Bohemian beauty Anderson was the first performer of the night. She is from Kansas City, Miss. and has quite the musical family background. Both of her parents sing, but it was her dad that inspired and introduced her to soul and motown music. Her heart clung to the genre ever since. Her favorite artist is Lauryn Hill; Anderson claims Hill is a lyrical genius and her rasp cannot be copied.

When King mentioned that Anderson’s song of choice was Etta James’ “At Last,” you could feel the tension in the room. That song is a classic and requires a strong and soulful voice. Anderson shares that it was the first song she ever performed in front of a crowd, and that she has always loved soulful music. Music is what gets her through her day and is what keeps the world turning.


Sabrina Anderson. Photo by Bob Toy.

When the opening notes of the instrumental filled the room, so did Anderson’s personality. She became calmer on stage, and it was as if she knew she was meant to be up there. During the performance, the judges were dancing in their seats and smiling ear-to-ear. The first judge to critique was Mitsuda, and her comments summed up the performance perfectly, “It was amazing. You hit every single note, it was spot on! You looked very confident, and you carried out the performance very well.” Even through a screen, one could feel the emotion Anderson was trying to convey. Sweeney touched on that by saying, “I truly felt the soul in you, just keep bringing it. You are going to make it to the end for sure!” Overall, the judges had nothing but positive remarks. With that, high expectations and excitement are set for Anderson's future performances.


Mansy Yang. Photo by Bob Toy.

Mansy Yang then took the stage. Yang is originally from China and is majoring in music production and sound design. The reason she entered this competition was to enjoy the process and to learn how different cultures sing. Singing is what makes her feel excited and confident.

Yang’s sweet and light voice singing Bruno Mars’ “It Will Rain” was what graced the presence of the judges and audience; interesting and captivating. At certain points, the performance may have been too soft and a bit boring, but overall, the judges were not disappointed. Judge Sweeney said, “I thought this song was perfect for your voice. Your voice is so sweet, and your whole look is so sweet. I want you to bring more confidence because you totally could rock it.” The confidence from the judges did not subside and finished with Moody who said, “I think you need to bring a little bit more energy next time. The song choice was great, your voice is great. Bring it next week!”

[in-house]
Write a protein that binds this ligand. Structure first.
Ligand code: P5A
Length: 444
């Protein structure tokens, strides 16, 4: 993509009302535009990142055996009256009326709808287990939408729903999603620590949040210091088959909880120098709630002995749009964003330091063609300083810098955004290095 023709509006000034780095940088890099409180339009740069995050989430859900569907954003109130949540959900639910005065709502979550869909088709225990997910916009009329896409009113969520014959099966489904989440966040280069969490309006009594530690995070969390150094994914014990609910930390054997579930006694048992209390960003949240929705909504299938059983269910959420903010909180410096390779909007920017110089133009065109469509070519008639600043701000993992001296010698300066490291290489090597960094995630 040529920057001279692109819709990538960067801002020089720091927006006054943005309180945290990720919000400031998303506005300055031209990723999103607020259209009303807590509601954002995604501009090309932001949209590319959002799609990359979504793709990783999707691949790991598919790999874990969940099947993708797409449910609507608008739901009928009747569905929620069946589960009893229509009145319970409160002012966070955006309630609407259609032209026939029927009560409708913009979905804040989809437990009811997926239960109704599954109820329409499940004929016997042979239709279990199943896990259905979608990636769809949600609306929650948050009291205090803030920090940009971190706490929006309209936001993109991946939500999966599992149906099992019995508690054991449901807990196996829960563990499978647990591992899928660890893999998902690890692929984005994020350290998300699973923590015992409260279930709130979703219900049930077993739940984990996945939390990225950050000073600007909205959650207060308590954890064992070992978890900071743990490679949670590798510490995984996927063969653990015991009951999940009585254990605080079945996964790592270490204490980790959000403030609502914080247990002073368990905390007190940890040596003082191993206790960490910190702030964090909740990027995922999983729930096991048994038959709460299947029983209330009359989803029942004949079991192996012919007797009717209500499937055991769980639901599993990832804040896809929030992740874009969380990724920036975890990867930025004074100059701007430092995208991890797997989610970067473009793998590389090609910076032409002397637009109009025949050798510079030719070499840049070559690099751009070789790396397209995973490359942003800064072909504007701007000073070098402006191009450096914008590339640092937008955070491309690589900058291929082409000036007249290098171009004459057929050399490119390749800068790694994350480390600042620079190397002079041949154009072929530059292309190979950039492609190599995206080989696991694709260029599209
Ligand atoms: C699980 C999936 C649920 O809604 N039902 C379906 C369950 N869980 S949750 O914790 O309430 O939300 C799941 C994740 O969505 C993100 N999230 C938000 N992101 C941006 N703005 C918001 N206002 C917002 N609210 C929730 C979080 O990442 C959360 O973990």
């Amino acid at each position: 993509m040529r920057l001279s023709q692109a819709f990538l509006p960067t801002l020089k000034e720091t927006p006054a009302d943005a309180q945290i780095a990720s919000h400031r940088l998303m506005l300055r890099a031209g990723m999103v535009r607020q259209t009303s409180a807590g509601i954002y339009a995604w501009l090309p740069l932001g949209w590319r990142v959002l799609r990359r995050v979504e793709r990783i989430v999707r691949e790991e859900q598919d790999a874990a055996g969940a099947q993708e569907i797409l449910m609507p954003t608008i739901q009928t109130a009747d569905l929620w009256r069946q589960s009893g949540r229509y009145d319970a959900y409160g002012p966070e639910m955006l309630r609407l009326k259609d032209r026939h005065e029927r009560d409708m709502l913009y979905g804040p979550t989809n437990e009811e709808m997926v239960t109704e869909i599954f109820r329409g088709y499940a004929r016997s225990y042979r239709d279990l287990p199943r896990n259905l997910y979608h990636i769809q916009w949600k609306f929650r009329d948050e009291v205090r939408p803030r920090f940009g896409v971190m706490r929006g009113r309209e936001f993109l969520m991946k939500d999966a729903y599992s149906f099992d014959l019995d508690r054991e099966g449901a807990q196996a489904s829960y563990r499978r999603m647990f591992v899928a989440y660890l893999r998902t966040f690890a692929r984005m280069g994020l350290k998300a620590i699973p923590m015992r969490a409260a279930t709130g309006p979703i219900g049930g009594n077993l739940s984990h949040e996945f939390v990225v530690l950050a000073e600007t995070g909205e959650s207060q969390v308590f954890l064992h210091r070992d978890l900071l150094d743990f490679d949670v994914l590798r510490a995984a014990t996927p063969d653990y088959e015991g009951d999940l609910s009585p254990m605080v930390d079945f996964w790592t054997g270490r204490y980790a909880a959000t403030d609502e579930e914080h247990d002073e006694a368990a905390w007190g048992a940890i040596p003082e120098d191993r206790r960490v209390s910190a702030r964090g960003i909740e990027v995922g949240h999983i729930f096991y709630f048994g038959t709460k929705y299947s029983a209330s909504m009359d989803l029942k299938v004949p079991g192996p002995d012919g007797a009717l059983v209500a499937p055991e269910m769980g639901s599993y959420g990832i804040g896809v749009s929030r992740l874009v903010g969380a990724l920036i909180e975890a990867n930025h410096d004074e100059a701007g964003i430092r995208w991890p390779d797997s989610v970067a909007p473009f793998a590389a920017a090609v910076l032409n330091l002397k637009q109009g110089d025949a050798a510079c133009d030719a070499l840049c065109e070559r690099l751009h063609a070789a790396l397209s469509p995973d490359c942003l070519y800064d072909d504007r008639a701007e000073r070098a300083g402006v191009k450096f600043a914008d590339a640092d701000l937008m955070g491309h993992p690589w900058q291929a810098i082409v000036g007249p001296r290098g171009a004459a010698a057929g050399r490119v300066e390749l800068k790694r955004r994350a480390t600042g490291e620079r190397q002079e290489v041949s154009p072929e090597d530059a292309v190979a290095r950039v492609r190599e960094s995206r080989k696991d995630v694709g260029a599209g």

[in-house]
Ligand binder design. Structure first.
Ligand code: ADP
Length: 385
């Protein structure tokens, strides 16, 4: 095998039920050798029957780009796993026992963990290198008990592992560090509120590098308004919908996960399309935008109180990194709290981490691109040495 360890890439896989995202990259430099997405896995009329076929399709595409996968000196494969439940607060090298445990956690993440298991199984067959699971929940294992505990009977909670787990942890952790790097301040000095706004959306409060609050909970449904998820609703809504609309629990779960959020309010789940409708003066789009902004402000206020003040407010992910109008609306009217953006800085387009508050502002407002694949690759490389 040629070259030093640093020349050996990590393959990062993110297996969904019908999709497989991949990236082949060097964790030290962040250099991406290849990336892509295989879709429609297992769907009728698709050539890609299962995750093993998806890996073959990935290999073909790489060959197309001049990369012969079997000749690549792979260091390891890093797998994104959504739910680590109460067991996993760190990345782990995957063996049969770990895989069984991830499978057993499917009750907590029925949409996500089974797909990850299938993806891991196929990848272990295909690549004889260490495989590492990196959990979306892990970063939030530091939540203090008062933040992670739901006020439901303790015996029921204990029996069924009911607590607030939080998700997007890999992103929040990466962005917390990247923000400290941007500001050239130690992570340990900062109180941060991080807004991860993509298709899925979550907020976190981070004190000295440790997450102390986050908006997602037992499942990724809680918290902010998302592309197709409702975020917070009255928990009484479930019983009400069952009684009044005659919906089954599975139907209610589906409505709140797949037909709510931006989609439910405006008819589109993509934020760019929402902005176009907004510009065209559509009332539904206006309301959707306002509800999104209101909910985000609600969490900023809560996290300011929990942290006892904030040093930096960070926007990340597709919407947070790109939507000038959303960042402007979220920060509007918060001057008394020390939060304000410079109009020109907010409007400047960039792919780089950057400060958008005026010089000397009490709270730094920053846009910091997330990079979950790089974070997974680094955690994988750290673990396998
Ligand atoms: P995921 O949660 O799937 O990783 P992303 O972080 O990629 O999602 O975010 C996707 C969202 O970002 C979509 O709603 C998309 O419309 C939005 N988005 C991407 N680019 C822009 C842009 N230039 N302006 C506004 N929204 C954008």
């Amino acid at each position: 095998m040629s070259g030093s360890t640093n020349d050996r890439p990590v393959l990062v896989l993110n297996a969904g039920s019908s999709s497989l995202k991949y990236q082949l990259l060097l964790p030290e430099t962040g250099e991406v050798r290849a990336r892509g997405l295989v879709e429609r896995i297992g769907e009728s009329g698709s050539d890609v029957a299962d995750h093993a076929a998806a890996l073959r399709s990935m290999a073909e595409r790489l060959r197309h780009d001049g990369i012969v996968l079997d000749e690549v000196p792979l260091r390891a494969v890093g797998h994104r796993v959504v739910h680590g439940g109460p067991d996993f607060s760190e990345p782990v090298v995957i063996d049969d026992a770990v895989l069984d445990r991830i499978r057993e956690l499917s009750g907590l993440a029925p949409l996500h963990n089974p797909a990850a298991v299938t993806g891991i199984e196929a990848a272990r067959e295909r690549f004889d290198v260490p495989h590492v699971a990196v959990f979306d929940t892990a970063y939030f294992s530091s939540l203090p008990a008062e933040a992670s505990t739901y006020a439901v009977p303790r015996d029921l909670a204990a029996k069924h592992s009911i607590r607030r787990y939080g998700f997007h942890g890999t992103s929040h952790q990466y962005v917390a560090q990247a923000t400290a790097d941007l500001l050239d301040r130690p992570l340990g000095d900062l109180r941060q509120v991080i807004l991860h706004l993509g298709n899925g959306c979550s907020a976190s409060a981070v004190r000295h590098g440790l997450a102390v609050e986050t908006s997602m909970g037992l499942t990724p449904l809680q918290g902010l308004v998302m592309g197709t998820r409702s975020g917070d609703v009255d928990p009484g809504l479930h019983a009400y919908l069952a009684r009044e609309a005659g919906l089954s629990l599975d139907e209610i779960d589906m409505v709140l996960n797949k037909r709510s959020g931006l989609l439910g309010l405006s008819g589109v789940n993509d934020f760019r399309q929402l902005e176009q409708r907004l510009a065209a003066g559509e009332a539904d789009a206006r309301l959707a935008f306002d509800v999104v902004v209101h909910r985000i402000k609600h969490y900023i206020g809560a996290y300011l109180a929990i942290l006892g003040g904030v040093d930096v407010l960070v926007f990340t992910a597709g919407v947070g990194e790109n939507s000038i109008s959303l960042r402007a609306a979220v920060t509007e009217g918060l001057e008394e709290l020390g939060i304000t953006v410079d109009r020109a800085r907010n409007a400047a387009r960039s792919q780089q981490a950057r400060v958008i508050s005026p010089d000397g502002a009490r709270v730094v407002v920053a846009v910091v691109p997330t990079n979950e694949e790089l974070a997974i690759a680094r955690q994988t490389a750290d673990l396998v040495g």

Twenty-three-year-old Mariyet Abuda followed. The Holland native credits her dad for her love of music, as he was always in a band. Her major is music production as she wants to do music production for visual media, particularly movies.

Abuda’s rendition of Meghan Trainor’s “Like I’m Gonna Lose You” was perfect for her voice and style. The audience could tell this was not her first time performing, based on her stage presence and technique. Judge Mitsuda put the audience’s feelings into words by saying, “I was not expecting that. I was not expecting that amount of control you have over the voice. I can tell this is not your first rodeo because every time you hit those high note you will slowly step back from the mic. You know you don’t want to overpower the mic. So your full control and awareness is great.” Moore could not contain his excitement, saying, “I was vibing! You saw that right? I was vibing! If the bar was here, you just put it through the roof. That was incredible. The thing I thought what you did really well was you showcased your ability to go low and high with your voice. Nothing but props here from me.”

Abuda had a beaming smile on her face and a newfound confidence after all of the judges' remarks.


Mariyet Abuda. Photo by Bob Toy.


Francisse Bondoc. Photo by Bob Toy.


Powerhouse Francisse Bondoc was the next performer. She was my personal favorite of the night, and her performance validated growing up in a musical family. Her parents were into ballads, so that is what she grew up with. Her father was in a church band, and he was her first rock star. Bondoc acknowledged that as music changed, so did her style.. Through this competition she wants to meet more people and personalities in the music industry. Experiences are everything to her, and she sees singing as a possible career.

As soon as Bondoc stepped on the stage for her performance of Jessie Ware’s “Say You Love Me,” she was smiling and connecting with the audience. Her voice was impactful and strong, and she knew what her strengths were. The audience was clapping along, and the judges followed suit. This performance gave me goosebumps, and the judges were in awe.

Moody wrapped up the performance when saying, “That was definitely mind blowing. You have a very powerful, soulful voice. You had me in it the whole time! When you were smiling, I could tell you were super comfortable on the stage. You had me smiling, dancing with you… great job! I can’t wait to see you next week.” Judge Garcia was so ecstatic about the performance, asking, “When can I buy your music? I am already a fan!” She is definitely one to watch, but this next performer wowed the judges in a different way.


Energetic and lively Rick Robinson saw this competition as a way to break into a business he had always wanted to be a part of. One could never guess that he was questioning his ability to get on stage and sing for a crowd by his performance of Keith Sweat’s “Nobody” that night.

Watching Robinson, you could feel the utter freedom and confidence he felt. That vibe invaded every single audience member and judge, as they were all smiling and jamming alone. When you get a genuine smile and laugh from your first judge, you know you did okay.


Rick Robinson. Photo by Bob Toy.

 This is what Mitsuda gave Robinson as she said, “That was probably the definition of stage presence and confidence! It was an absolutely spot on performance.” Judge Garcia followed with a humorous and constructive comment, “You had me blushing! It was really good; I want to know what song you are going to sing next. We had some mic problems and some pitchy moments, but your performance is what got everyone, I think.”

The judges were shocked and amazed at all of the performances that night, and Robinson was the perfect way to end the show.

Academy Idol airs live Wednesdays at 5:30 p.m. on